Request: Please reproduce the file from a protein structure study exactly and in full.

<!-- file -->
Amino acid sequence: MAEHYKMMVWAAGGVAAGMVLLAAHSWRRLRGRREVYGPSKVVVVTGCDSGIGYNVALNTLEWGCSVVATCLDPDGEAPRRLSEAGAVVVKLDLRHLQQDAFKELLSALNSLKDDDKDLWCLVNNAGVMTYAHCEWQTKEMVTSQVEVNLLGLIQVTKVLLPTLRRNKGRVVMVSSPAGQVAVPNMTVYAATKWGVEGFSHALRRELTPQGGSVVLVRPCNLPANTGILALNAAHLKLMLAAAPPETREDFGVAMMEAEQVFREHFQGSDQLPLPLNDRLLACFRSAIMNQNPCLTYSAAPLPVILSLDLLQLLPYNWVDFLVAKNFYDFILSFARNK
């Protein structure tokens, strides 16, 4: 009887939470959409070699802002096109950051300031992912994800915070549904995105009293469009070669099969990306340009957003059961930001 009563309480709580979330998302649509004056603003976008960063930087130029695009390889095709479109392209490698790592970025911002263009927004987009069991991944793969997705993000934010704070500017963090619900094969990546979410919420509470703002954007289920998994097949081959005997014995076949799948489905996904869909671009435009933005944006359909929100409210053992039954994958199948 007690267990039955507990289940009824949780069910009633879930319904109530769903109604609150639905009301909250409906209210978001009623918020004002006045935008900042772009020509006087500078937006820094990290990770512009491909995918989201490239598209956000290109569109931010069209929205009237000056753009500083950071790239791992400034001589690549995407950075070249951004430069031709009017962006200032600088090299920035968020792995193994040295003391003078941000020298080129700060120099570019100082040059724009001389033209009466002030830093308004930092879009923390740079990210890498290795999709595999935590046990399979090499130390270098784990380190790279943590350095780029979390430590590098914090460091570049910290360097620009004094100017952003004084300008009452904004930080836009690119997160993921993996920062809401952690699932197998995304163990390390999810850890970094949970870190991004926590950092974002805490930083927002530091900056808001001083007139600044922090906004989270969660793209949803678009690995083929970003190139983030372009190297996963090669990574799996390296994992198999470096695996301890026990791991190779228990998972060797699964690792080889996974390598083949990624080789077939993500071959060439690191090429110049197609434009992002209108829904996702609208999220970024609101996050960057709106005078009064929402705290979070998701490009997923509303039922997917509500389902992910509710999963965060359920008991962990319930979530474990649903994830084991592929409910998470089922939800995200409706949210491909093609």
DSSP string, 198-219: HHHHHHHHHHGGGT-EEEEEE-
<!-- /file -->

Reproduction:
Amino acid sequence: MAEHYKMMVWAAGGVAAGMVLLAAHSWRRLRGRREVYGPSKVVVVTGCDSGIGYNVALNTLEWGCSVVATCLDPDGEAPRRLSEAGAVVVKLDLRHLQQDAFKELLSALNSLKDDDKDLWCLVNNAGVMTYAHCEWQTKEMVTSQVEVNLLGLIQVTKVLLPTLRRNKGRVVMVSSPAGQVAVPNMTVYAATKWGVEGFSHALRRELTPQGGSVVLVRPCNLPANTGILALNAAHLKLMLAAAPPETREDFGVAMMEAEQVFREHFQGSDQLPLPLNDRLLACFRSAIMNQNPCLTYSAAPLPVILSLDLLQLLPYNWVDFLVAKNFYDFILSFARNK
């Protein structure tokens, strides 16, 4: 009887939470959409070699802002096109950051300031992912994800915070549904995105009293469009070669099969990306340009957003059961930001 009563309480709580979330998302649509004056603003976008960063930087130029695009390889095709479109392209490698790592970025911002263009927004987009069991991944793969997705993000934010704070500017963090619900094969990546979410919420509470703002954007289920998994097949081959005997014995076949799948489905996904869909671009435009933005944006359909929100409210053992039954994958199948 007690267990039955507990289940009824949780069910009633879930319904109530769903109604609150639905009301909250409906209210978001009623918020004002006045935008900042772009020509006087500078937006820094990290990770512009491909995918989201490239598209956000290109569109931010069209929205009237000056753009500083950071790239791992400034001589690549995407950075070249951004430069031709009017962006200032600088090299920035968020792995193994040295003391003078941000020298080129700060120099570019100082040059724009001389033209009466002030830093308004930092879009923390740079990210890498290795999709595999935590046990399979090499130390270098784990380190790279943590350095780029979390430590590098914090460091570049910290360097620009004094100017952003004084300008009452904004930080836009690119997160993921993996920062809401952690699932197998995304163990390390999810850890970094949970870190991004926590950092974002805490930083927002530091900056808001001083007139600044922090906004989270969660793209949803678009690995083929970003190139983030372009190297996963090669990574799996390296994992198999470096695996301890026990791991190779228990998972060797699964690792080889996974390598083949990624080789077939993500071959060439690191090429110049197609434009992002209108829904996702609208999220970024609101996050960057709106005078009064929402705290979070998701490009997923509303039922997917509500389902992910509710999963965060359920008991962990319930979530474990649903994830084991592929409910998470089922939800995200409706949210491909093609």
DSSP string, 198-219: HHHHHHHHHHGGGT-EEEEEE-